Next: Negative time Up: SAMPLED DATA AND Z-TRANSFORMS Previous: Dissecting systems by factoring

## Convolution equation and program

What do we actually do in a computer when we multiply two Z-transforms together? The filter 2 + Z would be represented in a computer by the storage in memory of the coefficients (2, 1). Likewise, for 1 - Z, the numbers (1, -1) would be stored. The polynomial multiplication program should take these inputs and produce the sequence (2, -1, -1). Let us see how the computation proceeds in a general case, say (5) (6)
Identifying coefficients of successive powers of Z, we get (7)
In matrix form this looks like (8)
The following equation, called the convolution equation,'' carries the spirit of the group shown in (7): (9)
To be correct in detail when we associate equation (9) with the group (7), we should also assert that either the input xk vanishes before k=0 or Nb must be adjusted so that the sum does not extend before x0. These end conditions are expressed more conveniently by defining j=k-i in equation (9) and eliminating k getting (10)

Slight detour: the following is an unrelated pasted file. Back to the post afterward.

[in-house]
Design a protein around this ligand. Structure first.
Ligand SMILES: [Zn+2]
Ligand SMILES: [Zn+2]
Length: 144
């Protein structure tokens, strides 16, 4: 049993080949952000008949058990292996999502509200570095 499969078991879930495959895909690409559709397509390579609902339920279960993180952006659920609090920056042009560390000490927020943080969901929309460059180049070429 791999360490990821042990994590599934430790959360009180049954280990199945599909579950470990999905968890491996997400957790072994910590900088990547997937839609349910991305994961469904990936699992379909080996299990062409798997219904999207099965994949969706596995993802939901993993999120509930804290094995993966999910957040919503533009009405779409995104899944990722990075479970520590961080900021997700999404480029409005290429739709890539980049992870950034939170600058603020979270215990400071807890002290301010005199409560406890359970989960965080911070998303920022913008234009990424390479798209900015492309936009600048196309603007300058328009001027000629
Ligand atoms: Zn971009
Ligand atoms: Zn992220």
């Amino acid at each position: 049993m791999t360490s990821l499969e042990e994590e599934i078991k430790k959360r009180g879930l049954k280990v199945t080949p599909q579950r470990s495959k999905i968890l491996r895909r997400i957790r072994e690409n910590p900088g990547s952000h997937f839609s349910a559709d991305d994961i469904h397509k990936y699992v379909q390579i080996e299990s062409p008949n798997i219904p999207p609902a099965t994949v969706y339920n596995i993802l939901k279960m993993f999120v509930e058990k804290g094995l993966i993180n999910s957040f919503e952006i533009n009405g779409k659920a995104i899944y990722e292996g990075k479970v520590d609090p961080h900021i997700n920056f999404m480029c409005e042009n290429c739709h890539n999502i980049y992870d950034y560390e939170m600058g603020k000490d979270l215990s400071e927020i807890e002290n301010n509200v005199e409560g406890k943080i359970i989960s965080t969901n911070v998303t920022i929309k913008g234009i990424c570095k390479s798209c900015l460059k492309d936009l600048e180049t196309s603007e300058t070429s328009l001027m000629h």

A convolution program based on equation (10) including end effects on both ends, is convolve().
#       convolution:    Y(Z) = X(Z) * B(Z)
#
subroutine convolve( nb, bb, nx, xx, yy )
integer nb      # number of coefficients in filter
integer nx      # number of coefficients in input
# number of coefficients in output will be nx+nb-1
real    bb(nb)  # filter coefficients
real    xx(nx)  # input trace
real    yy(1)   # output trace
integer ib, ix, iy, ny
ny = nx + nb -1
call null( yy, ny)
do ib= 1, nb
do ix= 1, nx
yy( ix+ib-1) = yy( ix+ib-1) + xx(ix) * bb(ib)
return; end

Some details of the Ratfor programming language are given in an appendix, along with the subroutine zero() , which erases the space for the output.     Next: Negative time Up: SAMPLED DATA AND Z-TRANSFORMS Previous: Dissecting systems by factoring
Stanford Exploration Project
10/21/1998